Structural movers play several interesting and valuable roles. By moving buildings out of flood zones or back from eroding coastlines, they forestall climate-induced damage. By relocating structures situated in the path of new development, they act as recyclers. And sometimes they manage to preserve precious elements of a country's cultural heritage.
Hollis Kennedy House Movers, a five-man crew based in Huntsville, Ala., has been operating since 1973. "We do anything: house-moving, heavy hauls, on-site transformer moves," says Keith Kennedy, a third-generation mover and the current company president. "If crane and rigging companies can't swing some structure because of too-tight quarters, they call us."
"Our bread and butter is still moving houses 10 to 30 miles because they are in the way of highway expansions or a residential development. Usually, I buy houses from the developer and move them to a holding lot." Passersby who see the move become potential buyers. "Most times we don't advertise. We probably buy and sell 10 houses a year. For the new buyer, we put in footings and foundations on the new site, and when the masons are finished, we bring the house in and set it down on top."
International Chimney Corp., Buffalo, N.Y., founded in 1926, is probably the oldest structural moving firm in the U.S. "The main part of our business is design-build repair or demolition of industrial smokestacks," said Rick Lohr, president. "We 90% self-perform on chimneys, and we use subcontractors for moving equipment." The firm is currently working on projects in Pittsburgh, Brazil and Thailand.
The firm's most high-profile job, in partnership with Expert House Movers, was moving the Cape Hatteras Lighthouse in North Carolina in 1999. The 4,400-ton, 199-ft-tall masonry structure, the tallest lighthouse in the U.S., was moved 2,900 ft to protect it from advancing beach erosion. "It was one of the most challenging jobs we've done," says Lohr. "We had restored it 10 years before we moved it."
In the transport phase of any moving project, the structure is either carried on a rubber-tired vehicle (dolly or transporter) or slid on rails. Eight of the moves in the accompanying slide show were accomplished with rails, and two were on self-propelled modular transporters.
Hollis Kennedy House Movers, which typically moves average-size houses, relies on Holland Dollies, hydraulically steerable pieces of equipment with 400-hp auxiliary power units. "Dollies are more compact, reliable, and safer, but are not good for long hauls; they're very slow," says Kennedy.
The Historic Preservation Market
Historic preservation is a significant market driver for the structural moving industry. "The relocating of houses, offices and monuments related to the preservation of cultural heritage is growing as society becomes more aware of the possibilities and decision-makers become more aware of the opportunities and are getting less obstructed by the fear of risks," says Taco Bresser, general director of Bresser Groep B.V., a Netherlands-based firm that has worked in 10 countries across Europe and the Middle East.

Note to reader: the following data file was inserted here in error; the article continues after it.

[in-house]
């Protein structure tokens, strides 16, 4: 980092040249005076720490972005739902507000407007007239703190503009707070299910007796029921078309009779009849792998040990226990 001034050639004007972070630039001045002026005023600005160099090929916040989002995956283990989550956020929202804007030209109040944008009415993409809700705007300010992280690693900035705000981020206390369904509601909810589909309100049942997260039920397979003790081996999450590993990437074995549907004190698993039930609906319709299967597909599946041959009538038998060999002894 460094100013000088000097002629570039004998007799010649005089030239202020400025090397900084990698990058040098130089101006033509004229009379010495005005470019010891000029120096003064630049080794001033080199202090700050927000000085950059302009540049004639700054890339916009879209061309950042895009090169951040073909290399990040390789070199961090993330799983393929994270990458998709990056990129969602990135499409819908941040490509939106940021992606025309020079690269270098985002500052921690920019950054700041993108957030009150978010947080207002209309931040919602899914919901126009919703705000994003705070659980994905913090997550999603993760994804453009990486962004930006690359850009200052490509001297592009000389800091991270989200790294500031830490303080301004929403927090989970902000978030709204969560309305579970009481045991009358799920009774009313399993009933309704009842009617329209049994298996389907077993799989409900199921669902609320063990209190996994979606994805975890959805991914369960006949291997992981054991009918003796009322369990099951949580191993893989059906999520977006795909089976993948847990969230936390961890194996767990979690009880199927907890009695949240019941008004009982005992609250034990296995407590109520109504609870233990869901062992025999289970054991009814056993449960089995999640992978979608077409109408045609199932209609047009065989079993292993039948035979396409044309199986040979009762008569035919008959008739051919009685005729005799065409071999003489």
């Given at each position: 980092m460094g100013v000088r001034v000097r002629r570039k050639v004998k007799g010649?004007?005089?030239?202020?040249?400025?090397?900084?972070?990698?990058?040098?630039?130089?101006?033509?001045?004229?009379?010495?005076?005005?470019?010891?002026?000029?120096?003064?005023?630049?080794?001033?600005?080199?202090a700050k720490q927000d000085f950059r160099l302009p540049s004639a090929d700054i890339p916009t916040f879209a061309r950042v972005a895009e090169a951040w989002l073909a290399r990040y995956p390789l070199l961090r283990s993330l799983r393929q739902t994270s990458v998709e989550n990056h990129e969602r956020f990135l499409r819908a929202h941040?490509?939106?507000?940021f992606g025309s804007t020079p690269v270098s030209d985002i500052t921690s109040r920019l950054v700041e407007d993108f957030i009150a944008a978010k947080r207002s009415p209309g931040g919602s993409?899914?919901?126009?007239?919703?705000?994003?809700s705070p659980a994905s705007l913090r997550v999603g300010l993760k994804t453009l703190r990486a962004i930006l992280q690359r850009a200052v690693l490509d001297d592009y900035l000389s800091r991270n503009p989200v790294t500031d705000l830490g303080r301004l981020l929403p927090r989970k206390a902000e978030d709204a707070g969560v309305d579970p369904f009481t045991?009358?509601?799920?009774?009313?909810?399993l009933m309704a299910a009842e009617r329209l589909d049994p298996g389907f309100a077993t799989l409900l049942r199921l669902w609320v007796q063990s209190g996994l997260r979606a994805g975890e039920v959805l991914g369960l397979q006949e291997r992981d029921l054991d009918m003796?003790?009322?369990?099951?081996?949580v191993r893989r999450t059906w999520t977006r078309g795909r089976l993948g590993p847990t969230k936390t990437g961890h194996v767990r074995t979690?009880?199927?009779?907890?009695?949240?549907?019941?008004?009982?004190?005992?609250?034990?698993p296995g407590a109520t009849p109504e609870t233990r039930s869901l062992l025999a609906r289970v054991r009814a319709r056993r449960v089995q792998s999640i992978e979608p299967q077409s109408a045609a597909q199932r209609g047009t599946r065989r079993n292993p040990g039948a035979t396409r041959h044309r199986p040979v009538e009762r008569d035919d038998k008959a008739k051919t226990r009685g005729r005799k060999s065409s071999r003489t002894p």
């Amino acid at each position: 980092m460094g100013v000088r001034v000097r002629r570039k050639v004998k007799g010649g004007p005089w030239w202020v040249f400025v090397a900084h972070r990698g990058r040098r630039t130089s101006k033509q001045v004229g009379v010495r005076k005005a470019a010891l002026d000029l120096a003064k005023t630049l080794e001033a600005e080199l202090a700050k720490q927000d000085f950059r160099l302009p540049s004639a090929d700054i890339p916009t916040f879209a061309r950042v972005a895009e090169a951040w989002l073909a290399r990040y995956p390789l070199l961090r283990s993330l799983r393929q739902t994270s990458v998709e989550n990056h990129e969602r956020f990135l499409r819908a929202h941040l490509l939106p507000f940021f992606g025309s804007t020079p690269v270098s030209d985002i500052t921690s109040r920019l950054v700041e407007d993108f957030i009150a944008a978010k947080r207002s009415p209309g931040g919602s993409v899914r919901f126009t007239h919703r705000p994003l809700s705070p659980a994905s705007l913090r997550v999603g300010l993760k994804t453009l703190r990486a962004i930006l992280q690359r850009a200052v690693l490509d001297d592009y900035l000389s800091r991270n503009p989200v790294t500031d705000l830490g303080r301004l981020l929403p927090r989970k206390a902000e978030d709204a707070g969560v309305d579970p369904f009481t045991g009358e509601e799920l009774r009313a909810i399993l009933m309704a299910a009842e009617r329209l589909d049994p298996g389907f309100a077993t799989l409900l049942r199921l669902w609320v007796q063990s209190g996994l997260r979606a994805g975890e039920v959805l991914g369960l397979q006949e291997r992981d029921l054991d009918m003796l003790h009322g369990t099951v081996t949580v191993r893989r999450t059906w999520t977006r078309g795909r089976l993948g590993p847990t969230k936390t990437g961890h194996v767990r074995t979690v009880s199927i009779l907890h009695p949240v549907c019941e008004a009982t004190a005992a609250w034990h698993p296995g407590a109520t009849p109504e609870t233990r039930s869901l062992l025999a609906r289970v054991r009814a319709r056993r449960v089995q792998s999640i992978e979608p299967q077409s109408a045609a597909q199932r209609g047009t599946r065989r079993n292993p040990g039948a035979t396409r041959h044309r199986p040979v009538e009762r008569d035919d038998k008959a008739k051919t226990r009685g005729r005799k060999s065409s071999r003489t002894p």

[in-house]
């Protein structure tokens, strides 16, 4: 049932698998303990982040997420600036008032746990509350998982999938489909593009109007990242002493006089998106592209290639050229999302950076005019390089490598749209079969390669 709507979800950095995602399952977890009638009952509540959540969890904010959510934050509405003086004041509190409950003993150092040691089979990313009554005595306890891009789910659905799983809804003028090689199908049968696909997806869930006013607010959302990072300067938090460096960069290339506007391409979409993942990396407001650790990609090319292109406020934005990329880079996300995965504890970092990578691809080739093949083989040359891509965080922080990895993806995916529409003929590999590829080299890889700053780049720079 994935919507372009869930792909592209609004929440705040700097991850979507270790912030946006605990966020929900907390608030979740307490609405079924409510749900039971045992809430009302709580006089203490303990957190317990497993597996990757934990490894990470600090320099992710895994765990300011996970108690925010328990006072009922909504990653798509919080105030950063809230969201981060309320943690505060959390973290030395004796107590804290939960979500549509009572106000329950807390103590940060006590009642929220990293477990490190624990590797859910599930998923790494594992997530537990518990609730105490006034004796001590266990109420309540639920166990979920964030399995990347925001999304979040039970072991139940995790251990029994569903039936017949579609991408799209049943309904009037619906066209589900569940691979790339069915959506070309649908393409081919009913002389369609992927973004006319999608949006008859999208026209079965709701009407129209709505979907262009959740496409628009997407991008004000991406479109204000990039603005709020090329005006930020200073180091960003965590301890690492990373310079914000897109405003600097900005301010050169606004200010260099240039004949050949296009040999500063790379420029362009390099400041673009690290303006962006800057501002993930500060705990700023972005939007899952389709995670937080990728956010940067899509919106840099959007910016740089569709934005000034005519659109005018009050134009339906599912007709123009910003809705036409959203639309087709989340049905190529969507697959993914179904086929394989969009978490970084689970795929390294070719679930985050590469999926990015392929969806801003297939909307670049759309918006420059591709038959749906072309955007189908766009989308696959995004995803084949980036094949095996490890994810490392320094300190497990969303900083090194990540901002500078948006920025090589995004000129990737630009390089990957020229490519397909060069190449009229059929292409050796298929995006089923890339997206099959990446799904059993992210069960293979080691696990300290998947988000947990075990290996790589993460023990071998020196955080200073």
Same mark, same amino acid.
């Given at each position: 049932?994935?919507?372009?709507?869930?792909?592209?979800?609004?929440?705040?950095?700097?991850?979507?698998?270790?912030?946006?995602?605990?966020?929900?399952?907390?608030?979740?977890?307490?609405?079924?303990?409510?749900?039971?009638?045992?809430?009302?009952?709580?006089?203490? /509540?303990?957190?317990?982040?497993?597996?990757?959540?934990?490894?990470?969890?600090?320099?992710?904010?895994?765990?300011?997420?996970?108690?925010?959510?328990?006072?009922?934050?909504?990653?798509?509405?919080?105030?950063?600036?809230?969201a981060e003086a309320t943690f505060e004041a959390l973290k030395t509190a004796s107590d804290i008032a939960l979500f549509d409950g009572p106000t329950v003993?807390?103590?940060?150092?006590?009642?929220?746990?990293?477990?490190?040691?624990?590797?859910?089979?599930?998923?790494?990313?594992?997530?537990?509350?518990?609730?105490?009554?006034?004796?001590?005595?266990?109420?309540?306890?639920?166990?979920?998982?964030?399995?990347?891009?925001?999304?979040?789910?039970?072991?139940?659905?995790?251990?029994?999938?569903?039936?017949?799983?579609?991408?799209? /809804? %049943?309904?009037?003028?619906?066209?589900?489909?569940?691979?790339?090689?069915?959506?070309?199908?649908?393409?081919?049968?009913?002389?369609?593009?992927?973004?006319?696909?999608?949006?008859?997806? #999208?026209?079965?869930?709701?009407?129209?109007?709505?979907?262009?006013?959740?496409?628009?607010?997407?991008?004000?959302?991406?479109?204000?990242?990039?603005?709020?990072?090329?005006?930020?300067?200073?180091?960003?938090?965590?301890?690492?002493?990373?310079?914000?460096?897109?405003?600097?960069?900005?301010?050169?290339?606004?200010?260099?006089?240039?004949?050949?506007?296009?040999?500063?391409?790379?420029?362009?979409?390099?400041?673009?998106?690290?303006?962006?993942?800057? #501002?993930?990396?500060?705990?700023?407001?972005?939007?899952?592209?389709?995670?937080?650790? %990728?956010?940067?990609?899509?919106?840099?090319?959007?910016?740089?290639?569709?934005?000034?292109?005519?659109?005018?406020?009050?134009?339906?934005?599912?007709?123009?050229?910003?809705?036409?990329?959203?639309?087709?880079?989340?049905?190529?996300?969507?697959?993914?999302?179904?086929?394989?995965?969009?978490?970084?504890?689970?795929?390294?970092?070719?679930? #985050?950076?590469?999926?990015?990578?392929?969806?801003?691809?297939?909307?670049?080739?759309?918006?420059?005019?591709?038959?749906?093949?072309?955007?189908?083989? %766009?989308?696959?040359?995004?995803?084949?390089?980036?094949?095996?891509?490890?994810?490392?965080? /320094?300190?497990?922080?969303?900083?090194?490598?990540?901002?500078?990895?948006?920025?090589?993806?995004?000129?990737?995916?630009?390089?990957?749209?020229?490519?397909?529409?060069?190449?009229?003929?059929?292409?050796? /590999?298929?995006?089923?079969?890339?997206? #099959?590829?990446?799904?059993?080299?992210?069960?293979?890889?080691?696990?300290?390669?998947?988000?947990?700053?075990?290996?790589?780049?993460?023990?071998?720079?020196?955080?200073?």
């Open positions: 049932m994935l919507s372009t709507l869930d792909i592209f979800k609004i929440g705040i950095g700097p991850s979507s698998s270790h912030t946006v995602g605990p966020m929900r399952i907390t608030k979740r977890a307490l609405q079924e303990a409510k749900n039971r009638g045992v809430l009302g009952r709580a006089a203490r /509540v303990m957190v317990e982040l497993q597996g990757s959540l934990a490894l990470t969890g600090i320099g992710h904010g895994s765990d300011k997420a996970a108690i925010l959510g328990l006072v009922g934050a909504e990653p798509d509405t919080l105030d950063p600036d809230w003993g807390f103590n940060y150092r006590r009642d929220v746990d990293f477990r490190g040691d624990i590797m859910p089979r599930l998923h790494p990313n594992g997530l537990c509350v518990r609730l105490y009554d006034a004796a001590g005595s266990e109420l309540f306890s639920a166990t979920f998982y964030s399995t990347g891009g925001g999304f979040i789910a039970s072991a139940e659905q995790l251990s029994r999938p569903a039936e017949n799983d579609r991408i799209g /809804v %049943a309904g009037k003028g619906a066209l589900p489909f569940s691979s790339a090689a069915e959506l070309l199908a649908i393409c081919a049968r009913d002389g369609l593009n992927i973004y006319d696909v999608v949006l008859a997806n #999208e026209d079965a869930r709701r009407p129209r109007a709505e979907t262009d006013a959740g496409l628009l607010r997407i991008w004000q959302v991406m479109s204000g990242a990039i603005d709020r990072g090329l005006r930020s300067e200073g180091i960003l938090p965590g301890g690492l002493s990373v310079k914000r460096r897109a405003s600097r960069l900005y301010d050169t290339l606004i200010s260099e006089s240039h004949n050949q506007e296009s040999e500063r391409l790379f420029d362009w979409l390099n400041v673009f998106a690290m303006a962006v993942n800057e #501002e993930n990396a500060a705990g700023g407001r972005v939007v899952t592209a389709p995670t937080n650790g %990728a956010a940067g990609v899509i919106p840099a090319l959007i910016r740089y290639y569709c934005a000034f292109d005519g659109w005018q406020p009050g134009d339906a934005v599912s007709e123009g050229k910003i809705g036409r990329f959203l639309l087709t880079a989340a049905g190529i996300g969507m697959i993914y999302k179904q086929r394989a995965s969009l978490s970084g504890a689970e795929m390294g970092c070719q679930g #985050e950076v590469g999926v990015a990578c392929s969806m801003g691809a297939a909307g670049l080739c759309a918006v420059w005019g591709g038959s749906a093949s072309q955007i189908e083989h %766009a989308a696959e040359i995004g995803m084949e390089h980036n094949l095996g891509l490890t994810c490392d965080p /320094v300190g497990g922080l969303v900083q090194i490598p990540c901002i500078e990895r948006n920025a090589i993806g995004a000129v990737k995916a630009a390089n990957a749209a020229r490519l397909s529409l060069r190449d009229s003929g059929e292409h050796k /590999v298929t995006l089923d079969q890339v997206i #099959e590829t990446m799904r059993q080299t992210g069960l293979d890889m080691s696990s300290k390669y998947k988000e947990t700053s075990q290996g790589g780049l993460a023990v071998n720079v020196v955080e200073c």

Such preservation projects are complex undertakings that usually involve approvals and support from many parties. "In terms of new trends, we execute more and more relocation projects in which the historical or monumental objects are integrated in structures which provide stakeholders with new use," adds Bresser. "Of course, these processes take a long time and need a careful decision-making process in which heritage committees, government, architects, urban developers, civil stakeholders and engineers play their highly appreciated roles. Giving monumental objects a new future by integration in new structures also means the addition of earthquake-resistant foundation solutions or connection to energy storage (as an alternative to the traditional energy supply: gas or oil)."
Moving industrial components and large infrastructure segments represents another large sector of the structural moving market. "The infrastructural segment (railroad bridges, overpasses and industrial works) is changing, since more and bigger prefab elements are assembled next to the final position in a conditioned environment," comments Bresser. For example, Holland Kennedy moved a large steel floodgate from the plant where it was fabricated to a port facility, where it was placed on a barge to be carried to its destination hundreds of miles away. But industrial jobs are much less attention-getting than historical structure moves. "We do much more difficult industrial jobs that people don't give a rat's a** about," says Lohr.
Structural moving techniques tend to change incrementally. "Fifteen or 20 years ago most movers would use a wood mat or hand planks to support the dollies, which was very labor intensive," explains Kennedy. "Now we build roadways out of 5/8-in. steel plates. And we've used unified hydraulic jacking systems since the 1950s. The majority of these jacks are not electronic. Our machine has a main ram with 20 individual cylinders and a 6,000-lb pressure limit. There are hoses running to each jack. The jacks will lift at the same rate regardless of the weight on them."
Within the engineering and construction community, structural moving does not get much attention. "We face a lack of education at polytechnical universities regarding relocation itself," comments Bresser. "We guess it is because relocation is based on a combination of mechanical, civil and geotechnical engineering. Therefore it requires a lot of creativity—out-of-the-box thinking—to think of it as a solution, and a lot of experience to execute."
Editor's note: all weight measurements in article and captions are presented in US tons.